The Good Night Out Campaign was first brought to our attention during our conversation with Petrol Girls. A wildly simple but hugely effective initiative, Good Night Out aims to work directly with bars, clubs, pubs, bar staff, management, security – just about everyone involved in you and your friends night out – in an effort to push back against sexual harassment.

Already, the campaign has spread rapidly throughout London before making the jump to Ireland and Scotland. Then it caught on across the Atlantic, setting up in Chicago and hopping the border into Vancouver. By the looks of things, the campaign couldn’t have come at a better time. Venues across the world are beginning to implement their own techniques to encourage customers to report harassment. For example The Angel Shot, which when ordered a specific way will indicate to bar staff not only that harassment is taking place, but also how heated the specific situation is.

Fully aware of the intricacies of such situations, our own Courthouse Hotel in Newtown now has posters imploring customers to report harassment in exchange for a tactful and subtle exit. The response has been overwhelming and it suggests that we, as a nation, are sick to death of this shit.

As it turns out Good Night Out is already making moves to launch Down Under. We caught up with one of their champions Ester Van Kempen to learn more about the inner workings of the campaign.

The Neversphere: What are the origins of Good Night Out? Where did the idea come from?
Ester: Good Night Out was created in 2014 by Hollaback, an international organisation that’s fighting street harassment. They had been asked by the nightclub Fabric, which is one of the bigger ones here, to set up training for their staff on how to deal with someone disclosing harassment. So, we give the training and the handles for how to respond to harassment in a good manner.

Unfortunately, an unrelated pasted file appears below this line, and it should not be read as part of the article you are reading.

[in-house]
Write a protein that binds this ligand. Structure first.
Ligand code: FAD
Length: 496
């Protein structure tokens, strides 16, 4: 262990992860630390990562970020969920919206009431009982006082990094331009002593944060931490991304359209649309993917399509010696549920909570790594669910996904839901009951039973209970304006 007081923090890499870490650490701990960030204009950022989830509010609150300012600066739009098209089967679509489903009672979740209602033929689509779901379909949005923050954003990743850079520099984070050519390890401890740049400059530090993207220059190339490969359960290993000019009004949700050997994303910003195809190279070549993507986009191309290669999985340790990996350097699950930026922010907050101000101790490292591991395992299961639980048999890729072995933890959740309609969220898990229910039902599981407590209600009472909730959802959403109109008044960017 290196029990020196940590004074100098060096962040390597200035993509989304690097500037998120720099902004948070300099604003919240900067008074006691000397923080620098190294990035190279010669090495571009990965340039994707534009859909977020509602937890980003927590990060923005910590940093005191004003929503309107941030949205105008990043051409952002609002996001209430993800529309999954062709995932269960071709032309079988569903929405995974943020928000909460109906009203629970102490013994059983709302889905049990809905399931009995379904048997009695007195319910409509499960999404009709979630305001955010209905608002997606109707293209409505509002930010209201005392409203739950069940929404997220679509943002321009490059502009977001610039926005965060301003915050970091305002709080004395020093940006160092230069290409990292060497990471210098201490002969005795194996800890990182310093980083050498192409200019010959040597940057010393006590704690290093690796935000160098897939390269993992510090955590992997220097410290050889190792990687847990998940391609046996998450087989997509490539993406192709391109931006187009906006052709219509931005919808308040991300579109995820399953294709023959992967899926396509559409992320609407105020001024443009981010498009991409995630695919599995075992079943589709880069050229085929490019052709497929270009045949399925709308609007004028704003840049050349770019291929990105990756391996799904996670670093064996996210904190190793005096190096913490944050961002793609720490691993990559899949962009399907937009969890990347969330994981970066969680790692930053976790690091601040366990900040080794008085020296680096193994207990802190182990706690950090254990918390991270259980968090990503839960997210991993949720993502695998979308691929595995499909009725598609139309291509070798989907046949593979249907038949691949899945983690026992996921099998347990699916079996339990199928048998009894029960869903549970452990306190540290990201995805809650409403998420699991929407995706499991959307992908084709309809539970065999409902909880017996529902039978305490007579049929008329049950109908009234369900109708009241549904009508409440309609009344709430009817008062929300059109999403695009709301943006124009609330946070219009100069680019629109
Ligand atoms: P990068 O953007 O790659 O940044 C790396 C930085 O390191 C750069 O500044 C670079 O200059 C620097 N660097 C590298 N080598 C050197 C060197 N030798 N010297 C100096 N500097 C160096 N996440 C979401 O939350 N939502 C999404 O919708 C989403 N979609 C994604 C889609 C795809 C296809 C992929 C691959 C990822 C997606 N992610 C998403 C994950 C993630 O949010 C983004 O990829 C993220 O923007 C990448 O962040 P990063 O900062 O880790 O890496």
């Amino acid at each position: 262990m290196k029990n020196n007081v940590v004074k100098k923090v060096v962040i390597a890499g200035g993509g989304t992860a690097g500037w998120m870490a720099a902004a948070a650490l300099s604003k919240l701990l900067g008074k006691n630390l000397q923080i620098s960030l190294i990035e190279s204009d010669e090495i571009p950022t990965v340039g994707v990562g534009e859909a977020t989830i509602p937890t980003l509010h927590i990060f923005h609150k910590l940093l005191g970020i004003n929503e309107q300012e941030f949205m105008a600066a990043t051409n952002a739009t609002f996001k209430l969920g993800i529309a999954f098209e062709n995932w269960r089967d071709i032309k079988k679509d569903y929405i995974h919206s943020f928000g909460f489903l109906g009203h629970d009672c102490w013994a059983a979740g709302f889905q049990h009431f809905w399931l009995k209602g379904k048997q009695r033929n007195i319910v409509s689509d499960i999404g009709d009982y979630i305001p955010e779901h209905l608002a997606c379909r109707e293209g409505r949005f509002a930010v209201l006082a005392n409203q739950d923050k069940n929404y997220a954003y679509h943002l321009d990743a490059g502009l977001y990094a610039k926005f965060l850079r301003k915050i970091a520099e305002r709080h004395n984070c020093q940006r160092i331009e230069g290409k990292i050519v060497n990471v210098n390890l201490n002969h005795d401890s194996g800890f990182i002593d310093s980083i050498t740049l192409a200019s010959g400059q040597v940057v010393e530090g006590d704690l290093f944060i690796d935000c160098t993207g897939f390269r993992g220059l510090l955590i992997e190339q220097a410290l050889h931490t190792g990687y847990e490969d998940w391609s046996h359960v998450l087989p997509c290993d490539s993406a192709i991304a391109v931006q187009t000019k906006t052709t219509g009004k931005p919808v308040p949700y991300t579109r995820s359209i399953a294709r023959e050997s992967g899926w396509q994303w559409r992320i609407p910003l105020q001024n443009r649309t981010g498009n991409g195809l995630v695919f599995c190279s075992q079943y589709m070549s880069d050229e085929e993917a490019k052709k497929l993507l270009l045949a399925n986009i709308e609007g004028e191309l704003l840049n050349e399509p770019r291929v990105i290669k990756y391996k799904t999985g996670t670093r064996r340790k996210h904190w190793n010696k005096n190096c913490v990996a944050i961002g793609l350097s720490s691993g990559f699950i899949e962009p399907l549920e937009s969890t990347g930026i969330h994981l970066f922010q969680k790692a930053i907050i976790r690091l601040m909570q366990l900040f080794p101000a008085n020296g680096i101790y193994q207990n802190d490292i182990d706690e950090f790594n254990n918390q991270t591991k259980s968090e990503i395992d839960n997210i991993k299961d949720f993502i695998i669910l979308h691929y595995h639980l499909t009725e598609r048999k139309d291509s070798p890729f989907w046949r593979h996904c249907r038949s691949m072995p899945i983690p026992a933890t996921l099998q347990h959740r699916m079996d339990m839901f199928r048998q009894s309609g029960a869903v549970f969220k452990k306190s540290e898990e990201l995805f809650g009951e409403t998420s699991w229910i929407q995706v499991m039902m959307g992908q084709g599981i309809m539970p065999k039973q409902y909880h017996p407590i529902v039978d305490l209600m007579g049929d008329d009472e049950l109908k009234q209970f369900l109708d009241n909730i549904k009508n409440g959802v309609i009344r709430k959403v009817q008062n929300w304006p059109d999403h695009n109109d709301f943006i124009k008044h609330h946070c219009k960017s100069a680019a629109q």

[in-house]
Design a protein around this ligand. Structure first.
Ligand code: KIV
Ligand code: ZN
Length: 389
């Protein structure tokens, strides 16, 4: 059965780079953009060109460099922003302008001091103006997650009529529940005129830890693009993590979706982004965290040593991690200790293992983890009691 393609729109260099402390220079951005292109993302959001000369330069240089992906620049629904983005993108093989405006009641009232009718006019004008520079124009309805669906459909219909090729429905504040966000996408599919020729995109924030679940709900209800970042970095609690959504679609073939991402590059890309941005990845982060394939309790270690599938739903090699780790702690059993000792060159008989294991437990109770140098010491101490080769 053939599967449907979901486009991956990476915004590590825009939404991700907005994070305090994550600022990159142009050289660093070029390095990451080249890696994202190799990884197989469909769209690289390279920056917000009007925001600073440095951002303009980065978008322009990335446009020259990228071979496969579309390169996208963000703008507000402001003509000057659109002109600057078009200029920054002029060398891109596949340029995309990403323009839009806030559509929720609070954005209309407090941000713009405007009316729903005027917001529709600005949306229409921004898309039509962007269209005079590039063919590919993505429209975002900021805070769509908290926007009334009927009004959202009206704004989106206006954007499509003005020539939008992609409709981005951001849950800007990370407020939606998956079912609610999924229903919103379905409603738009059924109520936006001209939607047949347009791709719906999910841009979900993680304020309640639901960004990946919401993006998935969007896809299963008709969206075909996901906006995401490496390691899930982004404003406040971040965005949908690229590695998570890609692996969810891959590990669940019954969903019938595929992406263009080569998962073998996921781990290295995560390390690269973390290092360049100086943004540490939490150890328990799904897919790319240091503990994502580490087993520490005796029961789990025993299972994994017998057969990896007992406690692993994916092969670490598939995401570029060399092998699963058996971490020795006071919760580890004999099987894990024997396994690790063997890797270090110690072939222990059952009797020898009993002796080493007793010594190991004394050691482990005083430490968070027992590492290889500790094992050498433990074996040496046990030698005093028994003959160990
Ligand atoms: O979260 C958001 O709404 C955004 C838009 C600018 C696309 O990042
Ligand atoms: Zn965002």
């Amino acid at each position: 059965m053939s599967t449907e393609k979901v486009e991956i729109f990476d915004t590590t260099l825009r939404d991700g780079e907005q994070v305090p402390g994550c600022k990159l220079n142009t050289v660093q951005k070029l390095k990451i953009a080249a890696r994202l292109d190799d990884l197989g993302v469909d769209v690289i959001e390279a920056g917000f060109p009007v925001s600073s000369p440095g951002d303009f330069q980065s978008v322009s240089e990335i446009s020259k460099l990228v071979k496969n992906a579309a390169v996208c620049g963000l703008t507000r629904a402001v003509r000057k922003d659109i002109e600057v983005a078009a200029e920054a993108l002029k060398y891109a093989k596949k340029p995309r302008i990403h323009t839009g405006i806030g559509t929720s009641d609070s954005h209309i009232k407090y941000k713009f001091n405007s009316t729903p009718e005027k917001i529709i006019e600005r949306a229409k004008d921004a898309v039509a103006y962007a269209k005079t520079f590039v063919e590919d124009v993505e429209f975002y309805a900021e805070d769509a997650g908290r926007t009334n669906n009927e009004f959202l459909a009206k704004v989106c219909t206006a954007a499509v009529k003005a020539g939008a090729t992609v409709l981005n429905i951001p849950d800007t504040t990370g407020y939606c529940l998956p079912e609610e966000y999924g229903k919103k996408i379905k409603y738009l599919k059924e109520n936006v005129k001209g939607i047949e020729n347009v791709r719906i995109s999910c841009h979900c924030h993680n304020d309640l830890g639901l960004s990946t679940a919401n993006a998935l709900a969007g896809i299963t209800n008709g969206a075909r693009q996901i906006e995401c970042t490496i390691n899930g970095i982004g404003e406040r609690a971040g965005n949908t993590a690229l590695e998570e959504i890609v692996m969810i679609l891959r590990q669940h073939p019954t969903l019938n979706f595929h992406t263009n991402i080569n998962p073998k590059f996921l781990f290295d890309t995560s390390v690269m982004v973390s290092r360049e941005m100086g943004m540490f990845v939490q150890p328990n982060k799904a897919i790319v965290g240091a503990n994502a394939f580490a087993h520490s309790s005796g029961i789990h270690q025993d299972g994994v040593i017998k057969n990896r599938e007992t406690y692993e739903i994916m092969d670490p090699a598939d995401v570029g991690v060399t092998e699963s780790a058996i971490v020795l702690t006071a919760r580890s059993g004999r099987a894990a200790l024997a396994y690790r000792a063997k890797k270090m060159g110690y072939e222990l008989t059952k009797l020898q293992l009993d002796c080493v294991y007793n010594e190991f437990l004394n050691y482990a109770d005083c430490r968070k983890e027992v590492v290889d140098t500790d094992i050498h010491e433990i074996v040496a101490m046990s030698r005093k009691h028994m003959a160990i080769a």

It happens quite a lot when security is too busy, or someone wants to talk to a female member of staff but they get told that staff are too busy. Basically, the training is developed to have a simple “first approach” and make the person who experienced harassment feel comfortable.
The Neversphere: What was the context of London’s night time scene in 2014? What was the situation like that led to the creation of Good Night Out?
Ester: Well, it’s so big, isn’t it? We’ve trained over 100 venues but there are so many more to tackle. The UK is quite ‘Laddy’ – I’m not sure if that word means anything to you, but it might be quite similar. We had great success with Hollaback but when you go into the countryside or smaller cities there’s still a lot of harassment. In student bars too, the lad culture is quite bad – so it’s hard to tackle those parts.
The Neversphere: What was the initial response from venues to the campaign? I suppose signing up could be admitting that there’s a sexual harassment problem at that specific venue. Was there much hesitation at first, or did venues jump at the opportunity?
Ester: Well, Fabric asked for it and because Fabric is one of the bigger nightclubs, a lot of venues wanted to be like them and accepted that harassment is a problem. It’s like violence, there will be fights, and it’s something you can’t deny. But the venues come to us! We get emails every day saying ‘Can we please get the training? We would like to be part of this.’ They get a lot of good promotion too – they can say they’re part of the campaign.

So, actually I’d say it’s more the opposite response. It’s fine to admit [that you feel there’s a problem at your venue] and we don’t really focus on the negative part. We’ll never talk about ‘Oh this and that happened at this venue’ but we will make it known that they’ve signed up and you can have a safe night out there.

Angle Shot concept which indicates the severity of the situation.

Angle Shot concept which indicates the severity of the situation.